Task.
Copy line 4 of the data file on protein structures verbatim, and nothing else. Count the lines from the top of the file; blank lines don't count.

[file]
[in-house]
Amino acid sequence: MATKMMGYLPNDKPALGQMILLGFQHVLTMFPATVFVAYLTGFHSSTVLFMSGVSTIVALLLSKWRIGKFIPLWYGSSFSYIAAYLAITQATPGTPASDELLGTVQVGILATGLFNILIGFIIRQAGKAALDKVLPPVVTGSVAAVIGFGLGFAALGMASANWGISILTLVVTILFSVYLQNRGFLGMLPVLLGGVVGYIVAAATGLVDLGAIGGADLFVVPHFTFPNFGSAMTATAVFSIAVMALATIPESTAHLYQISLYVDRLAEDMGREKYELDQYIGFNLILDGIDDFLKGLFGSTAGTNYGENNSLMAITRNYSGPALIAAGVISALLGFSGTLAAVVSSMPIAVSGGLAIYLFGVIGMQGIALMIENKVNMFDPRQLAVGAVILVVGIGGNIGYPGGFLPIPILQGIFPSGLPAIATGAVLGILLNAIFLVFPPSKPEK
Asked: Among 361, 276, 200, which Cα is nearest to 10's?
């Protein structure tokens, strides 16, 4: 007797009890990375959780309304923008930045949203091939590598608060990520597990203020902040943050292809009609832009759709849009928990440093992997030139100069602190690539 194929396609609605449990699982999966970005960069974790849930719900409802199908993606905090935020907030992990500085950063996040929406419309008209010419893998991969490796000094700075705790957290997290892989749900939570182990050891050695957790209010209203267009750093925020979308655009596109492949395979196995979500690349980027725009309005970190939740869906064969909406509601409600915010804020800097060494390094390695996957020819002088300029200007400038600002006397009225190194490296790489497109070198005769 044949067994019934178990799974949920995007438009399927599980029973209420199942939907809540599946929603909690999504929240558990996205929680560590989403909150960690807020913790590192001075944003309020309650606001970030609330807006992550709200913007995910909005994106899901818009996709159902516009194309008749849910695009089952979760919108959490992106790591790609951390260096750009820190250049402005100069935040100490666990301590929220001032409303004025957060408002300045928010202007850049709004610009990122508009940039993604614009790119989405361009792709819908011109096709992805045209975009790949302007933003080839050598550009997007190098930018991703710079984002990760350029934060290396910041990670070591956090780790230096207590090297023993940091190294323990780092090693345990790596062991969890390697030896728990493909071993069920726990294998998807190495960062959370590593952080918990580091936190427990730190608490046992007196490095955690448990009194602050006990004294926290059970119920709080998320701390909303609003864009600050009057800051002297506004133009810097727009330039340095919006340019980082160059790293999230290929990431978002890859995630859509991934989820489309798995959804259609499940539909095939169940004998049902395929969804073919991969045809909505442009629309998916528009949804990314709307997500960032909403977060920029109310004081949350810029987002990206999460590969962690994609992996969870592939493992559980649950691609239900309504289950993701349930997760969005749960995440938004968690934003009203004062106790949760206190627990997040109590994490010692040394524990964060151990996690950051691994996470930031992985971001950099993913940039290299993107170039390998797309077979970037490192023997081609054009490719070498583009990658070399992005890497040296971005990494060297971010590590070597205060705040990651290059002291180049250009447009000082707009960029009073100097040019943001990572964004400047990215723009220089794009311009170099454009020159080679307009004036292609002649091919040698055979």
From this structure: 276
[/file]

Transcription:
């Protein structure tokens, strides 16, 4: 007797009890990375959780309304923008930045949203091939590598608060990520597990203020902040943050292809009609832009759709849009928990440093992997030139100069602190690539 194929396609609605449990699982999966970005960069974790849930719900409802199908993606905090935020907030992990500085950063996040929406419309008209010419893998991969490796000094700075705790957290997290892989749900939570182990050891050695957790209010209203267009750093925020979308655009596109492949395979196995979500690349980027725009309005970190939740869906064969909406509601409600915010804020800097060494390094390695996957020819002088300029200007400038600002006397009225190194490296790489497109070198005769 044949067994019934178990799974949920995007438009399927599980029973209420199942939907809540599946929603909690999504929240558990996205929680560590989403909150960690807020913790590192001075944003309020309650606001970030609330807006992550709200913007995910909005994106899901818009996709159902516009194309008749849910695009089952979760919108959490992106790591790609951390260096750009820190250049402005100069935040100490666990301590929220001032409303004025957060408002300045928010202007850049709004610009990122508009940039993604614009790119989405361009792709819908011109096709992805045209975009790949302007933003080839050598550009997007190098930018991703710079984002990760350029934060290396910041990670070591956090780790230096207590090297023993940091190294323990780092090693345990790596062991969890390697030896728990493909071993069920726990294998998807190495960062959370590593952080918990580091936190427990730190608490046992007196490095955690448990009194602050006990004294926290059970119920709080998320701390909303609003864009600050009057800051002297506004133009810097727009330039340095919006340019980082160059790293999230290929990431978002890859995630859509991934989820489309798995959804259609499940539909095939169940004998049902395929969804073919991969045809909505442009629309998916528009949804990314709307997500960032909403977060920029109310004081949350810029987002990206999460590969962690994609992996969870592939493992559980649950691609239900309504289950993701349930997760969005749960995440938004968690934003009203004062106790949760206190627990997040109590994490010692040394524990964060151990996690950051691994996470930031992985971001950099993913940039290299993107170039390998797309077979970037490192023997081609054009490719070498583009990658070399992005890497040296971005990494060297971010590590070597205060705040990651290059002291180049250009447009000082707009960029009073100097040019943001990572964004400047990215723009220089794009311009170099454009020159080679307009004036292609002649091919040698055979």